Food insecurity leaves some college students to rely on campus food pantries in St. Louis
The food pantry at St. Louis Community College - Florissant Valley is a staple for students like Nyla Coleman. She often grabs a quick snack between classes. With rising food costs, the pantry’s source of groceries has become a source of support.
“If you need groceries, if you don't have the money to go to the grocery store, they have everything you need,” Coleman said. “And I think that's really neat, that it's open to everyone because … it just saves a lot of money. It saves a lot of money.”
Students like Coleman have increasingly relied on local pantries. There are several possible factors, said Jo Britt-Rankin, administrative director of SNAP-Ed. That includes the expiration this year of relaxed pandemic rules, which allowed 3 million college students who typically wouldn't to qualify for the Supplemental Nutrition Assistance Program.
“We do see a number of places around the state where we find people of all ages that have food insecurity,” said Britt-Rankin. “But it is alarming to know the number of college students who are struggling to be food secure.”
Pantries like Archer's Market at St. Louis Community College - Florissant Valley, Triton Pantry at the University of Missouri-St. Louis and Cougar Cupboard at Southern Illinois University Edwardsville are accessible to all students, with few barriers.
SNAP, on the other hand, requires application and approval that can often be challenging for nontraditional students, said Shannon Quinn, a case manager at UMSL’s Advocacy and Care center.
Quinn helps students apply for SNAP. The process isn’t simple, and its household status and work eligibility requirements can be challenging for students who work, still live with their parents or are supporting families of their own.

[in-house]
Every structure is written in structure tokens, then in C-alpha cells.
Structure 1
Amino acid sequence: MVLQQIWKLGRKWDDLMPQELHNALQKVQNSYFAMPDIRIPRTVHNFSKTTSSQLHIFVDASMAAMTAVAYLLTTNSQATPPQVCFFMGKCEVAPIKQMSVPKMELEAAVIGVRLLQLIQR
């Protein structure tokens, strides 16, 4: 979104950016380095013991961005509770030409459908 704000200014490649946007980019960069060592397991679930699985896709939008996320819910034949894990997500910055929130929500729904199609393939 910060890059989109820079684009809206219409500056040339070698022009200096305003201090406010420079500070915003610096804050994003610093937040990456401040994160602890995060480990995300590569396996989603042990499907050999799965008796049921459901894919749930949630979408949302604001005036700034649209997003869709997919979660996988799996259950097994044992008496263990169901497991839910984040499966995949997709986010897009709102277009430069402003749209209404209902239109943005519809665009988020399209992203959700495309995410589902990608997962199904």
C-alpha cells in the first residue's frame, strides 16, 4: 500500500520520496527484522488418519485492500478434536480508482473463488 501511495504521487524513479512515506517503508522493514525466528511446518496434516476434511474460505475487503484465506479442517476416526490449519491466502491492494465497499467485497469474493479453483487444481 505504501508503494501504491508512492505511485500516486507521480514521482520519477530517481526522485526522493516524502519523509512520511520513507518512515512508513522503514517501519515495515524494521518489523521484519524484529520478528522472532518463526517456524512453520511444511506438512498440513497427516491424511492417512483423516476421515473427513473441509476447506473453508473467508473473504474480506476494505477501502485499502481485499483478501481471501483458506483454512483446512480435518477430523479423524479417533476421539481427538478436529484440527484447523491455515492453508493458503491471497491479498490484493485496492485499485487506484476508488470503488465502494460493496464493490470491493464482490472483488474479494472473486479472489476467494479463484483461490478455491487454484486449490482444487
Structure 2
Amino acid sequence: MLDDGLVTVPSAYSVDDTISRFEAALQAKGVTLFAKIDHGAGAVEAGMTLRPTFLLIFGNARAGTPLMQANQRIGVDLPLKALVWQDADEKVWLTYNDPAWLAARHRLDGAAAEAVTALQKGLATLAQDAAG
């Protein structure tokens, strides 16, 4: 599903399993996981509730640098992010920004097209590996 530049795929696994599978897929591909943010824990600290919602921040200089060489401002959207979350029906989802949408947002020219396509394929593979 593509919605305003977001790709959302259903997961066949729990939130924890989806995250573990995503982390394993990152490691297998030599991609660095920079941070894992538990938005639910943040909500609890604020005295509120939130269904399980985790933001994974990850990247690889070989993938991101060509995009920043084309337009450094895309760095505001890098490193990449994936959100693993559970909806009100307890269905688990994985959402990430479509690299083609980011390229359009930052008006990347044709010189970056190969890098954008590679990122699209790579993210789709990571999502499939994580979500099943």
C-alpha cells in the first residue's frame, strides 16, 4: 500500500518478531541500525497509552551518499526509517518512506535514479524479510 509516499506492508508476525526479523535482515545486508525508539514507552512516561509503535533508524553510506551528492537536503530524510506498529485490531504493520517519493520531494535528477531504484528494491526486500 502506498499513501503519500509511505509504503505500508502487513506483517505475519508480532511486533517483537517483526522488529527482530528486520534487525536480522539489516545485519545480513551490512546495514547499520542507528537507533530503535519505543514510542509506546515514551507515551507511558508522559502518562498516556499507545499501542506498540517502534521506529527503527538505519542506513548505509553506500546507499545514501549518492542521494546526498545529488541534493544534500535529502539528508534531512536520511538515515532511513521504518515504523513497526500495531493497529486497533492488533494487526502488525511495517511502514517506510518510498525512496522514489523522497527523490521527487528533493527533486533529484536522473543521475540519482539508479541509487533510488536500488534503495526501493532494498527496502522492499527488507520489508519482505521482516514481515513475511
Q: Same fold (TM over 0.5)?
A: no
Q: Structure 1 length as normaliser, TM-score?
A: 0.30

“College students are very busy. Time poverty is a thing, not just for nontraditional students,” Quinn said, adding: “There's a lot of barriers when they get to the application. They're like, ‘I don't know how to answer this,’ and they just need assistance.”
Food security is often the most basic need students seek. Pantries at SLCC, UMSL and SIUE are now equipped with specialists who work to connect them with other resources like housing assistance.
“There's still more we can do to help support college students that are hungry and are needing to be more food secure,” Britt-Rankin said.
For the full conversation with Shannon Quinn and Jo Britt-Rankin about how local colleges are supporting students, listen to the full St. Louis on the Air conversation on Apple Podcast, Spotify, Google Podcast, Stitcher, or by clicking the play button below.
“St. Louis on the Air” brings you the stories of St. Louis and the people who live, work and create in our region. The show is produced by Miya Norfleet, Emily Woodbury, Danny Wicentowski, Elaine Cha and Alex Heuer. Ulaa Kuziez is our production assistant. The audio engineer is Aaron Doerr. Send questions and comments about this story to firstname.lastname@example.org.